Four Billion addresses for each person, i really can`t see anyone taking up that amount, can you?

Unless their selfish that is

I swear I read "IPV4 will run out within a year" every year.
Though I do agree that the transition to IPV6 is progressing far too slowly.

Karen Cookson said,
So, when will neowin be available on IPv6?

Thats not a question to worry. Neowin will be available on IPv6, when there hosting company provides v6 IP address for there server. I am prtty sure that DNS system already supports domain-to-IPv6 resolution.

codename.venice said,

Thats not a question to worry. Neowin will be available on IPv6, when there hosting company provides v6 IP address for there server. I am prtty sure that DNS system already supports domain-to-IPv6 resolution.

That wasn't my meaning. One of the reasons IPv6 is slow to take off is because websites are slow to use it. If more companies asked their providers to supply them IPv6 addresses then things would move quicker. Companies pay for an IP service and the ISP or hosting company only supply what the ISP wants to supply.

IphoneMini said,
So does IPv6 bring any improvement or any benefits? As far i known it will be like somewhat 128bit stuff.

the network stack behind it has secuirty enhancements to prevent packet spoofing and such... it has mandatory network security (IPsec) also has very large payload capacity per frame.... kinda like Jumboframes just much larger

neufuse said,

the network stack behind it has secuirty enhancements to prevent packet spoofing and such... it has mandatory network security (IPsec) also has very large payload capacity per frame.... kinda like Jumboframes just much larger


Don't forget more efficient routing.

there's an old chinese proverb that says that humans "will only start looking for the toilet when the crap is about to come out of the anus"

Not sure what the big deal is. If we really started running out of addresses on the main Internet, wouldn't we just have to use more NAT?

Stetson said,
Not sure what the big deal is. If we really started running out of addresses on the main Internet, wouldn't we just have to use more NAT?

It's not that simple.
We could implement more NAT, but that means you won't be able to set up any type of server at home. Even multiplayer games might stop working...
Simply because there are multiple users using the same ip address, isps will have to refuse opening ports (they can't offer all customers port tcp/80, so no one will have it offered).

bsquirle said,

It's not that simple.
We could implement more NAT, but that means you won't be able to set up any type of server at home. Even multiplayer games might stop working...
Simply because there are multiple users using the same ip address, isps will have to refuse opening ports (they can't offer all customers port tcp/80, so no one will have it offered).

That's true. I wonder if maybe that will be the choice, either stay on the ipv4 system and not get any incoming ports opened, or make sure everything you have is ipv6 compatible.

Stetson said,

That's true. I wonder if maybe that will be the choice, either stay on the ipv4 system and not get any incoming ports opened, or make sure everything you have is ipv6 compatible.


Thanks to dual stack we can have both.
I've got a nice proof of concept setup at work:
an IPv6 configuration, an IPv4 configuration for servers with a dedicated ip and finally an IPv4 NAT config which translates a specific internal range to a single external IPv4 address. All on one network using only one router.

tunafish said,
Roll on IPV6 It's already being used on most backbones etc and it's just ISPs that need to get a move on

Please let's remember that not all networking equipment is capable of working with IPv6...
And some of the equipment being able to work with it still has bugs.
(Now we're not only talking about the small manufacturers.)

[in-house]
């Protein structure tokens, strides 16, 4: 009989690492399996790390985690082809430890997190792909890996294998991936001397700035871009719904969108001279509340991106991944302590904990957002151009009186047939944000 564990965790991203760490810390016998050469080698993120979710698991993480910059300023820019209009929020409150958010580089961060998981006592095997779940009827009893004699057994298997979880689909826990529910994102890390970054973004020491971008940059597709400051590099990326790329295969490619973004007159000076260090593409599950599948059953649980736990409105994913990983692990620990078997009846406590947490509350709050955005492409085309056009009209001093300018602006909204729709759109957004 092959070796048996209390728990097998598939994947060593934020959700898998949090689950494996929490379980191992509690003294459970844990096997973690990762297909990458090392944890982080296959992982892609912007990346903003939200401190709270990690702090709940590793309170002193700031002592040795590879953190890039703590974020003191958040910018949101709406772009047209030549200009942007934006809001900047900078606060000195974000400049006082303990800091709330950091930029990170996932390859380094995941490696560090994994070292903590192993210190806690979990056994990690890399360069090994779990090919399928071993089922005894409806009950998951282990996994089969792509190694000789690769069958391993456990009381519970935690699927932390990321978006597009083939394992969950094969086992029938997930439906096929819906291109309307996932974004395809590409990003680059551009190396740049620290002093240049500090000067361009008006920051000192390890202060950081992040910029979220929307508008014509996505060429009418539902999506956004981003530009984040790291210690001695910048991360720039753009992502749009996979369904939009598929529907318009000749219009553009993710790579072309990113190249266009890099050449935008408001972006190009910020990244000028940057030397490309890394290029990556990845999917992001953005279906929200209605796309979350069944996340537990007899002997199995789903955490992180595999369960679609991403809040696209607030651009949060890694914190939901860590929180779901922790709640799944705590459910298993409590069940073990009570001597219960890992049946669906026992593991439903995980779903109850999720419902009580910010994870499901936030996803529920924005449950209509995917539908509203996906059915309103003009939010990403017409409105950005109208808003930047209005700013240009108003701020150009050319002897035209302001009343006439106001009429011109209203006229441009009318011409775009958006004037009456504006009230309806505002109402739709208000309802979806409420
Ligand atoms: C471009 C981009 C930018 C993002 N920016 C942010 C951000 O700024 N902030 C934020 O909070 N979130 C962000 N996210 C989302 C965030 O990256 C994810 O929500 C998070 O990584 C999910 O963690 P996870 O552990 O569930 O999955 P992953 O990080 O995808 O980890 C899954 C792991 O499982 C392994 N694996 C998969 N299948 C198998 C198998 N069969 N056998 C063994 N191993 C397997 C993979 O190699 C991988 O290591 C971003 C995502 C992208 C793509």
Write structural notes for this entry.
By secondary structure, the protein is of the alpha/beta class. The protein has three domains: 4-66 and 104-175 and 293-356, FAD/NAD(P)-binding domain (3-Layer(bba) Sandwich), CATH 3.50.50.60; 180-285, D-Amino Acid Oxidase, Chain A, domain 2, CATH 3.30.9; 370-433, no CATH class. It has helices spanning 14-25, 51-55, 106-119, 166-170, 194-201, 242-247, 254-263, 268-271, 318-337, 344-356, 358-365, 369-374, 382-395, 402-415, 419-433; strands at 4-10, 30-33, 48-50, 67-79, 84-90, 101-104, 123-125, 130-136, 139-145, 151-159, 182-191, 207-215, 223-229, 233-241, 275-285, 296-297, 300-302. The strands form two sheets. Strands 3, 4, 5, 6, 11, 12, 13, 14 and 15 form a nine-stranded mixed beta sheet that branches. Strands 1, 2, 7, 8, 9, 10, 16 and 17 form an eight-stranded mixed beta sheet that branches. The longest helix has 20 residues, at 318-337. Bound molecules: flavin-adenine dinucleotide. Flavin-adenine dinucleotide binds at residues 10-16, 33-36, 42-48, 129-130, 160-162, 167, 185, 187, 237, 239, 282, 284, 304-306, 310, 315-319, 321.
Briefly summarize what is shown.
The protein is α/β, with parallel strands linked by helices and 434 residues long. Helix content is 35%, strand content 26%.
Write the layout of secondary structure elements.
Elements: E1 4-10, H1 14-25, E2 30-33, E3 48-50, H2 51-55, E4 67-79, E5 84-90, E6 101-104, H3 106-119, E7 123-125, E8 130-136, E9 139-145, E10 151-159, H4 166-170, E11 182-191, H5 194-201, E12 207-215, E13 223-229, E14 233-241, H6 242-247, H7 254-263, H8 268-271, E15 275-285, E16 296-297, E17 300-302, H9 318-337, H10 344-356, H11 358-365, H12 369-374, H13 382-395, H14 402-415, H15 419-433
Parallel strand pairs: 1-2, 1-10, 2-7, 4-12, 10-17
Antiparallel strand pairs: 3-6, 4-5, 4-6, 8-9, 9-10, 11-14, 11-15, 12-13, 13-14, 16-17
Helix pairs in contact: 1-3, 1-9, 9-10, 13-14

Anaron said,
My ISP (Teksavvy) has already started IPv6 trials with a small group of customers.

I'm on it too. And that's a true IPv6 Network

Anaron said,
My ISP (Teksavvy) has already started IPv6 trials with a small group of customers.

Yep, that's what I've got It's open to pretty well anyone who asks now.

WV2MJR said,
I'm not exactly sure what IPv4 or IPv6 does? Should I be concerned about reading this?

IPv4 Addressing is the basis for the internet. If we run out, we cant get any new 'devices' connected. Businesses and so on wont be affected because they tend to have one Public address and plenty of private ones, but as the internet is growing quickly its an overall problem. IPv6 resolves this issue by adding virtually unlimited addresses to assign to people worldwide, as well as other benefits.

WV2MJR said,
I'm not exactly sure what IPv4 or IPv6 does? Should I be concerned about reading this?
Not really mate, it'll be all handle behind the scenes.

WV2MJR said,
I'm not exactly sure what IPv4 or IPv6 does? Should I be concerned about reading this?

IPv6 just means you have a longer IP address compared to IPv4, which in the end means that there are more addresses to hand out.

Neoauld said,

IPv4 Addressing is the basis for the internet. If we run out, we cant get any new 'devices' connected. Businesses and so on wont be affected because they tend to have one Public address and plenty of private ones, but as the internet is growing quickly its an overall problem. IPv6 resolves this issue by adding virtually unlimited addresses to assign to people worldwide, as well as other benefits.

Basically I don't have to do anything ... since my ISP is Verizon (I have FIOS), they will take care of everything, is that correct? This is more or less an article for ISP's, not users, is that correct?

WV2MJR said,

Basically I don't have to do anything ... since my ISP is Verizon (I have FIOS), they will take care of everything, is that correct? This is more or less an article for ISP's, not users, is that correct?

It is for everybody. Check if your router / modem supports IPv6, most new ones should. If it does, then you don't need to worry about anything. The ISP will take care of the job (assigning a new IP for your connection, nothing else).

If not, you will probably need to buy a new one (but I really doubt your router / modem will not support IPv6).

KavazovAngel said,

It is for everybody. Check if your router / modem supports IPv6, most new ones should. If it does, then you don't need to worry about anything. The ISP will take care of the job (assigning a new IP for your connection, nothing else).

If not, you will probably need to buy a new one (but I really doubt your router / modem will not support IPv6).